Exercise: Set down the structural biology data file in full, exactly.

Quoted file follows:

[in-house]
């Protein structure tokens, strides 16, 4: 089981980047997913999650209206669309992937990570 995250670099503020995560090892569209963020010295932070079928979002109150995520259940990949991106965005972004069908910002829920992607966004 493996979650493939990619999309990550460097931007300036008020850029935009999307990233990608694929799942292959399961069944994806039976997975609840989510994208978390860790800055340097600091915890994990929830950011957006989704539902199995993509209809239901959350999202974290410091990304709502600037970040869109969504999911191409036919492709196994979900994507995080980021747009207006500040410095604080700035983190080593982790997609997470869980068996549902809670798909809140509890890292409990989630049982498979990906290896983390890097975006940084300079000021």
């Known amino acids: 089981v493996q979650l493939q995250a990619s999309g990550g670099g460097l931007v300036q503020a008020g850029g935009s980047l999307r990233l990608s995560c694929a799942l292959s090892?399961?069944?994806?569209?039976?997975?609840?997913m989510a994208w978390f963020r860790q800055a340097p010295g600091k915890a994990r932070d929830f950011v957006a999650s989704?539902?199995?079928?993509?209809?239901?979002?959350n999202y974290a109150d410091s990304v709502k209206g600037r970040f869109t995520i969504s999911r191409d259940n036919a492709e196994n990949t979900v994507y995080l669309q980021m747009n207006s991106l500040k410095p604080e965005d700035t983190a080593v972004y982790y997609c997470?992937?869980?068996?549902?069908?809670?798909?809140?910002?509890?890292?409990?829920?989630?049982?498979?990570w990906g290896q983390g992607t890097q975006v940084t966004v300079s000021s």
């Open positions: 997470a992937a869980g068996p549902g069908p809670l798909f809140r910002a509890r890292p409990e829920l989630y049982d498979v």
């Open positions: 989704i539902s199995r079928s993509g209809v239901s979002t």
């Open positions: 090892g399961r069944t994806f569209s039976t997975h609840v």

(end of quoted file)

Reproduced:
[in-house]
């Protein structure tokens, strides 16, 4: 089981980047997913999650209206669309992937990570 995250670099503020995560090892569209963020010295932070079928979002109150995520259940990949991106965005972004069908910002829920992607966004 493996979650493939990619999309990550460097931007300036008020850029935009999307990233990608694929799942292959399961069944994806039976997975609840989510994208978390860790800055340097600091915890994990929830950011957006989704539902199995993509209809239901959350999202974290410091990304709502600037970040869109969504999911191409036919492709196994979900994507995080980021747009207006500040410095604080700035983190080593982790997609997470869980068996549902809670798909809140509890890292409990989630049982498979990906290896983390890097975006940084300079000021």
């Known amino acids: 089981v493996q979650l493939q995250a990619s999309g990550g670099g460097l931007v300036q503020a008020g850029g935009s980047l999307r990233l990608s995560c694929a799942l292959s090892?399961?069944?994806?569209?039976?997975?609840?997913m989510a994208w978390f963020r860790q800055a340097p010295g600091k915890a994990r932070d929830f950011v957006a999650s989704?539902?199995?079928?993509?209809?239901?979002?959350n999202y974290a109150d410091s990304v709502k209206g600037r970040f869109t995520i969504s999911r191409d259940n036919a492709e196994n990949t979900v994507y995080l669309q980021m747009n207006s991106l500040k410095p604080e965005d700035t983190a080593v972004y982790y997609c997470?992937?869980?068996?549902?069908?809670?798909?809140?910002?509890?890292?409990?829920?989630?049982?498979?990570w990906g290896q983390g992607t890097q975006v940084t966004v300079s000021s």
């Open positions: 997470a992937a869980g068996p549902g069908p809670l798909f809140r910002a509890r890292p409990e829920l989630y049982d498979v």
């Open positions: 989704i539902s199995r079928s993509g209809v239901s979002t």
């Open positions: 090892g399961r069944t994806f569209s039976t997975h609840v």